Campbell’s Begins Labeling GMO ingredients

Campbell’s Will Begin Labeling GMO ingredients

The Campbell Soup Co. has announced plans to begin GMO labeling on product packaging and has thrown its support behind creating a single mandatory labeling standard, reported the Boston Globe. The company reportedly also withdrew from any participation in groups that oppose the labeling of GMOs, which stands for genetically modified organisms, and took to Twitter to explain exactly why.

“The Camden, New Jersey-based company will support federal legislation that would require all foods and beverages regulated by the Food and Drug Administration and the U.S. Department of Agriculture to be clearly labeled for GMOs.”

According to the New York Times, Campbell’s Soup is the first major food corporation to begin voluntarily disclosing the presence of genetically modified ingredients, such as corn, canola, soy, and sugar beets, as it begins GMO labeling. The move is projected to take between 12 and 18 months as the company develops its new design standards and fine-tunes its related marketing approach.

The company produces a variety of popular brands, including Pepperidge Farm, Prego, Plum Organics, and V8, along with its line of traditional soups. The move is seen as risky, as it may deter buyers who are against GMOs, especially since large food companies are feeling intense public pressure to be more transparent about their use of genetically modified ingredients, many of which are farmed using products and methods developed by Monsanto.

Denise Morrison, who serves as CEO of Campbell, told the New York Times that approximately three-quarters of the company’s products currently contain ingredients that include GMOs. Although other companies, including General Mills and Tropicana, have taken small steps by reformulating a handful of products to remove the genetically modified ingredients, none have made as bold a move as Campbell.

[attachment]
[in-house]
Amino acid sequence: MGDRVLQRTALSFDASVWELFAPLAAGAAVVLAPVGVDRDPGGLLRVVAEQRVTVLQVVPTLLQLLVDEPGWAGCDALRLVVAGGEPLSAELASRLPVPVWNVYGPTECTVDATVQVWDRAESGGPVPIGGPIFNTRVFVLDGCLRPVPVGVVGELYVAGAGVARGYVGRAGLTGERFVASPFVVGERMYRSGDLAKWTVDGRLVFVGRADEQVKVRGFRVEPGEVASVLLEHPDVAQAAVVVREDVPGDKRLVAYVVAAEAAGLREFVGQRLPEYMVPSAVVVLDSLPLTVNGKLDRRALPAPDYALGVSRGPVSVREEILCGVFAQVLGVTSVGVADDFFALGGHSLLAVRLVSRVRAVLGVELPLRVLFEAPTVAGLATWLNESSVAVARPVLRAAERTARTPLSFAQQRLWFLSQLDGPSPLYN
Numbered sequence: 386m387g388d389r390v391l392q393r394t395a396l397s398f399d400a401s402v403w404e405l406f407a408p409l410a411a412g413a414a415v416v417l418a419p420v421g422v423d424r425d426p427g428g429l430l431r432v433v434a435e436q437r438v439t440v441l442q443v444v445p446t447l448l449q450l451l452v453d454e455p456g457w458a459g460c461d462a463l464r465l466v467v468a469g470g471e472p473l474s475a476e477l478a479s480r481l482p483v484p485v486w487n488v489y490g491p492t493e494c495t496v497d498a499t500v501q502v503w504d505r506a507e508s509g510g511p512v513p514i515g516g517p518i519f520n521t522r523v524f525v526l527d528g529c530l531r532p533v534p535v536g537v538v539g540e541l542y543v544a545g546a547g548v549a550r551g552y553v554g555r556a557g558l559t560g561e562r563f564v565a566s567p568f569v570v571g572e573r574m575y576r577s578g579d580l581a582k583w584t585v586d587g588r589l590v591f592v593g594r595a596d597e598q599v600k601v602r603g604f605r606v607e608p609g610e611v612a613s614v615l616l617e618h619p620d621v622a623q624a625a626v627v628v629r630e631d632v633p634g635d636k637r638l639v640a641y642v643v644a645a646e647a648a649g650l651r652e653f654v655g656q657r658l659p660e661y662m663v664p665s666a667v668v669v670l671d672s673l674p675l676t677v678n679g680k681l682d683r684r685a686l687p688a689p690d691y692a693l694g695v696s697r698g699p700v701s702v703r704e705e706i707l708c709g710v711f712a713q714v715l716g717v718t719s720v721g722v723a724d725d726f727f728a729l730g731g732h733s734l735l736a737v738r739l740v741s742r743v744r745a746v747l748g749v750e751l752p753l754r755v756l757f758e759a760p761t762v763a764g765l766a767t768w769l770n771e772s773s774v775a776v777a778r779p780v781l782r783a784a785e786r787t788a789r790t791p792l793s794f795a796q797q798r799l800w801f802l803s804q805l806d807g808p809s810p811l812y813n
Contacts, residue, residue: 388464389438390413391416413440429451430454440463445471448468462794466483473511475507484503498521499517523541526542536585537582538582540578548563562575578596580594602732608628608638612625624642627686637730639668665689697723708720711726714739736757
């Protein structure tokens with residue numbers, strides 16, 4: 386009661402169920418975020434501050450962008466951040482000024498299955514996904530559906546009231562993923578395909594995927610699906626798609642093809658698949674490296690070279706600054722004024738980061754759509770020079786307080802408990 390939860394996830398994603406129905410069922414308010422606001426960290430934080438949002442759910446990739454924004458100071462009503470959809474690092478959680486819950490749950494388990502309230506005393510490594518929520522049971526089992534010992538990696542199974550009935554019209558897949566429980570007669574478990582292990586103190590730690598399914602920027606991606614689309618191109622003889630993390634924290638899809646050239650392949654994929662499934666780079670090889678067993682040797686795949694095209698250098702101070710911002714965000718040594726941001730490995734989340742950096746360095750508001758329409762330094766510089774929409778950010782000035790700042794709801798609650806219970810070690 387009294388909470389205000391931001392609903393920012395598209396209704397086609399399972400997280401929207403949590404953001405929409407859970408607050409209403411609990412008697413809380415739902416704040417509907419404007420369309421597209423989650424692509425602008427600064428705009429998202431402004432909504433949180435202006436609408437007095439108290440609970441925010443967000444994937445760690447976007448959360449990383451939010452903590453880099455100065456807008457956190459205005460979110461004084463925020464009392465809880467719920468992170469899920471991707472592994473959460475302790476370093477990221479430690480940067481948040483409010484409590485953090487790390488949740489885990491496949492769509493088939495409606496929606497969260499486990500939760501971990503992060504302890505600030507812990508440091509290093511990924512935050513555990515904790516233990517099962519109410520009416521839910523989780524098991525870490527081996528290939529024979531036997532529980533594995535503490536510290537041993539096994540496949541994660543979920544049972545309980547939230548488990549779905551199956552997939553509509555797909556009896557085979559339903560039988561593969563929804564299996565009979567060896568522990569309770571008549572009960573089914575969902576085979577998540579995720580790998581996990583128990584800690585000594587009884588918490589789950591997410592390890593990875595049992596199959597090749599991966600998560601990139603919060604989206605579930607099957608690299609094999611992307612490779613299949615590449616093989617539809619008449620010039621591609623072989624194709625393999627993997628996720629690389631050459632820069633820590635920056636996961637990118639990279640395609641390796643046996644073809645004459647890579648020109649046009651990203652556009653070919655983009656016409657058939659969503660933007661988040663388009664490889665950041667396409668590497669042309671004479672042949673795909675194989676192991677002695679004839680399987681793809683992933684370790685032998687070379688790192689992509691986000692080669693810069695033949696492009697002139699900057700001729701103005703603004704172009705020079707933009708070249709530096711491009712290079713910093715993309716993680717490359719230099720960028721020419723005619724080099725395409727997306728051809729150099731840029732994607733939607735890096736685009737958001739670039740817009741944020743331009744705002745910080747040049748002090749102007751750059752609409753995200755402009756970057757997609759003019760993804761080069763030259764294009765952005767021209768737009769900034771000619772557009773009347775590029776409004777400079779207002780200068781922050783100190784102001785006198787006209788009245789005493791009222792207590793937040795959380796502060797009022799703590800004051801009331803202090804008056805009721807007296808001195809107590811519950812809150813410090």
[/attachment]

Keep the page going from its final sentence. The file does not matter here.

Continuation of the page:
“The move is reminiscent of that by Whole Foods Markets, which almost three years ago created an uproar when it announced that, as of 2018, it would require all products sold in its stores to have labels disclosing the presence of ingredients from genetically altered crops.”

Still, critics say that despite the positive step forward made by the Campbell Soup Company labeling GMOs, the devil is in the details. For example, since the Federal Government has not yet developed a standard for GMO labeling (which is not required), there is no set definition that Campbell – or any other food company – has to meet.

So far, this criticism seems to have at least some base in reality, since the New York Times also reported that the first example of a possible GMO label – placed on a can of Spaghetti-O’s – does not include much information, including which ingredients are genetically modified.

“It simply states at the bottom of the label: ‘Partially produced with genetic engineering. For more information about G.M.O ingredients, visit WhatsinMyFood.com.”

Coincidentally, the website is operated by the Campbell Soup Co. and reveals a few more details about their ingredients, processes, and so forth.

Other major companies, such as Kroger and Safeway, have also made a major effort to highlight their growing selection of organic options (by law, certified organic foods cannot contain GMOs), and have worked behind the scenes with big food manufacturers to stop opposing GMO labeling.

Still, many large corporations have argued long and hard against the requirement to label GMO ingredients, citing the confusing network of state laws, which contain a variety of different requirements. Morrison says this is why Campbell supports a plan that is developed on the federal level.

“A state-by-state patchwork of laws could be incredibly costly not only for our company but for the entire industry. That’s why we want the federal government to come up with a national standard that is mandatory.”

Morrison also revealed that the Campbell Soup Company is working closely with the Department of Agriculture and the FDA about GMO language for its packaging.

[Photo by Sheila Fitzgerald/Shutterstock.com]

Comments